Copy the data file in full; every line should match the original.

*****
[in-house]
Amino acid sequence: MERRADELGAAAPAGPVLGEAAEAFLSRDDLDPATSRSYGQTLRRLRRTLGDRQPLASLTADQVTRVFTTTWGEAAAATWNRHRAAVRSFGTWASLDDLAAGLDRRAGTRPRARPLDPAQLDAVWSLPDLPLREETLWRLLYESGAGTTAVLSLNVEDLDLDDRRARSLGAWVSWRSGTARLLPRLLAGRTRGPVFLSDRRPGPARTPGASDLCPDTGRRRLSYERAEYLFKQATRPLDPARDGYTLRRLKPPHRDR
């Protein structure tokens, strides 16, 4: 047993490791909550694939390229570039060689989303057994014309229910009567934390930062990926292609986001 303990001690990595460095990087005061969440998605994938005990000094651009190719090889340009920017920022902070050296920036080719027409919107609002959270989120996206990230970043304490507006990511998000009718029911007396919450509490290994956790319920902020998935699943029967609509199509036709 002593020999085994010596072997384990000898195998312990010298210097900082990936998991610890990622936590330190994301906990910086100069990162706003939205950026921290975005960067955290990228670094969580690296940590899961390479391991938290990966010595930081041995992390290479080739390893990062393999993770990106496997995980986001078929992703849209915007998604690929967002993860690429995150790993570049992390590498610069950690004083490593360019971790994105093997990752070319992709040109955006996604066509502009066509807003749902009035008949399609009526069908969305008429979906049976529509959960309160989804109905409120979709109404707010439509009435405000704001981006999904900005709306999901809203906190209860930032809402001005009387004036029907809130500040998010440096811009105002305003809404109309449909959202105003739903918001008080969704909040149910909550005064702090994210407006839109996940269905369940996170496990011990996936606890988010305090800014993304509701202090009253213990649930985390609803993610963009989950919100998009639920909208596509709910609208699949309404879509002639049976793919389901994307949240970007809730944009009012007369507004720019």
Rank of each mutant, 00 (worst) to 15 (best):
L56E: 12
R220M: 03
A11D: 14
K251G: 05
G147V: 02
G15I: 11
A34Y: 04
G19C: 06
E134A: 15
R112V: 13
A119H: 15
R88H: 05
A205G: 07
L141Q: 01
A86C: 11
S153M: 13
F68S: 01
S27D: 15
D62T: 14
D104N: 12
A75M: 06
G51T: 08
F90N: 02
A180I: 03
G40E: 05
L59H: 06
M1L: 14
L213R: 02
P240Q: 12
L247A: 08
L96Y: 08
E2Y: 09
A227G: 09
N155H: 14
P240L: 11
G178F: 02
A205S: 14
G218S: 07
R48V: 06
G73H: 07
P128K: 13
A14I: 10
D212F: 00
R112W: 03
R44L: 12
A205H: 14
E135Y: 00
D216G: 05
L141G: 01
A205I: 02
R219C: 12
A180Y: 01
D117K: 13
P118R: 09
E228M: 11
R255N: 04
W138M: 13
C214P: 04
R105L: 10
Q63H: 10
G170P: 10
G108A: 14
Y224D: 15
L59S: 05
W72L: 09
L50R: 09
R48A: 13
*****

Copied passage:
[in-house]
Amino acid sequence: MERRADELGAAAPAGPVLGEAAEAFLSRDDLDPATSRSYGQTLRRLRRTLGDRQPLASLTADQVTRVFTTTWGEAAAATWNRHRAAVRSFGTWASLDDLAAGLDRRAGTRPRARPLDPAQLDAVWSLPDLPLREETLWRLLYESGAGTTAVLSLNVEDLDLDDRRARSLGAWVSWRSGTARLLPRLLAGRTRGPVFLSDRRPGPARTPGASDLCPDTGRRRLSYERAEYLFKQATRPLDPARDGYTLRRLKPPHRDR
């Protein structure tokens, strides 16, 4: 047993490791909550694939390229570039060689989303057994014309229910009567934390930062990926292609986001 303990001690990595460095990087005061969440998605994938005990000094651009190719090889340009920017920022902070050296920036080719027409919107609002959270989120996206990230970043304490507006990511998000009718029911007396919450509490290994956790319920902020998935699943029967609509199509036709 002593020999085994010596072997384990000898195998312990010298210097900082990936998991610890990622936590330190994301906990910086100069990162706003939205950026921290975005960067955290990228670094969580690296940590899961390479391991938290990966010595930081041995992390290479080739390893990062393999993770990106496997995980986001078929992703849209915007998604690929967002993860690429995150790993570049992390590498610069950690004083490593360019971790994105093997990752070319992709040109955006996604066509502009066509807003749902009035008949399609009526069908969305008429979906049976529509959960309160989804109905409120979709109404707010439509009435405000704001981006999904900005709306999901809203906190209860930032809402001005009387004036029907809130500040998010440096811009105002305003809404109309449909959202105003739903918001008080969704909040149910909550005064702090994210407006839109996940269905369940996170496990011990996936606890988010305090800014993304509701202090009253213990649930985390609803993610963009989950919100998009639920909208596509709910609208699949309404879509002639049976793919389901994307949240970007809730944009009012007369507004720019």
Rank of each mutant, 00 (worst) to 15 (best):
L56E: 12
R220M: 03
A11D: 14
K251G: 05
G147V: 02
G15I: 11
A34Y: 04
G19C: 06
E134A: 15
R112V: 13
A119H: 15
R88H: 05
A205G: 07
L141Q: 01
A86C: 11
S153M: 13
F68S: 01
S27D: 15
D62T: 14
D104N: 12
A75M: 06
G51T: 08
F90N: 02
A180I: 03
G40E: 05
L59H: 06
M1L: 14
L213R: 02
P240Q: 12
L247A: 08
L96Y: 08
E2Y: 09
A227G: 09
N155H: 14
P240L: 11
G178F: 02
A205S: 14
G218S: 07
R48V: 06
G73H: 07
P128K: 13
A14I: 10
D212F: 00
R112W: 03
R44L: 12
A205H: 14
E135Y: 00
D216G: 05
L141G: 01
A205I: 02
R219C: 12
A180Y: 01
D117K: 13
P118R: 09
E228M: 11
R255N: 04
W138M: 13
C214P: 04
R105L: 10
Q63H: 10
G170P: 10
G108A: 14
Y224D: 15
L59S: 05
W72L: 09
L50R: 09
R48A: 13